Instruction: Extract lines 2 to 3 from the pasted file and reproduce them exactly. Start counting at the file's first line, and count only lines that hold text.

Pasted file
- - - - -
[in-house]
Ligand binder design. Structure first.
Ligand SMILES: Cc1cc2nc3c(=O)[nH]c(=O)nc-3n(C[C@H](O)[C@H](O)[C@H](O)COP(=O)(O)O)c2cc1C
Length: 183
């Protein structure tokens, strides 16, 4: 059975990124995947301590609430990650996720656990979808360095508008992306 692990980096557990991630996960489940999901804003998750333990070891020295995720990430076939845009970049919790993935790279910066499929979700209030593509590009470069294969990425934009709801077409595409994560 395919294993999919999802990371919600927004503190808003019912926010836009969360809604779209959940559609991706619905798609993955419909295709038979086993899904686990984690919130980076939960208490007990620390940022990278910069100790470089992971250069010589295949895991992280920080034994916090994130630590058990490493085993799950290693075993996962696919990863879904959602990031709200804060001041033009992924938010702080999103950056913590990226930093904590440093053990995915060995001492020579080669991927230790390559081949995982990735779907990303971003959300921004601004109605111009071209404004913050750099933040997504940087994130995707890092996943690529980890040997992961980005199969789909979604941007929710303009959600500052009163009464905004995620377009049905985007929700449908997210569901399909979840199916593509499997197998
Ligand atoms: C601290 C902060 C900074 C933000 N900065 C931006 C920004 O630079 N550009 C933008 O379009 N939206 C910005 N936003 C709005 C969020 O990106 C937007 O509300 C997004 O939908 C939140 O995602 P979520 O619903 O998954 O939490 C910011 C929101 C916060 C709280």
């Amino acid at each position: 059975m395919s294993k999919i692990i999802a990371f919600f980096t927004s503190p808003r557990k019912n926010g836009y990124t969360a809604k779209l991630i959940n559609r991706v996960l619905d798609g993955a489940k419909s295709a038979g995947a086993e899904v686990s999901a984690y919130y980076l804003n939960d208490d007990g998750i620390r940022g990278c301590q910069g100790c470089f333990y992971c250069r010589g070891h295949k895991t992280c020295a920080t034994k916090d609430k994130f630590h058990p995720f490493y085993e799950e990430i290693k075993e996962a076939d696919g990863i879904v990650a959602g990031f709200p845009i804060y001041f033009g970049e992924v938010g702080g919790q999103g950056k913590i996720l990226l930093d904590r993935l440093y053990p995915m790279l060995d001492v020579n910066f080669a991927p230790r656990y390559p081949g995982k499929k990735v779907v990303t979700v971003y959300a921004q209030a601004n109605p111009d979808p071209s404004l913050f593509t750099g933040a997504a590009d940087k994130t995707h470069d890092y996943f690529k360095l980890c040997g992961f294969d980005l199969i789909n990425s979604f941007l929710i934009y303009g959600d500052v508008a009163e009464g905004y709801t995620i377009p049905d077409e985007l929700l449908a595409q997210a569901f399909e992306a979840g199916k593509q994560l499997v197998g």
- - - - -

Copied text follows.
Ligand binder design. Structure first.
Ligand SMILES: Cc1cc2nc3c(=O)[nH]c(=O)nc-3n(C[C@H](O)[C@H](O)[C@H](O)COP(=O)(O)O)c2cc1C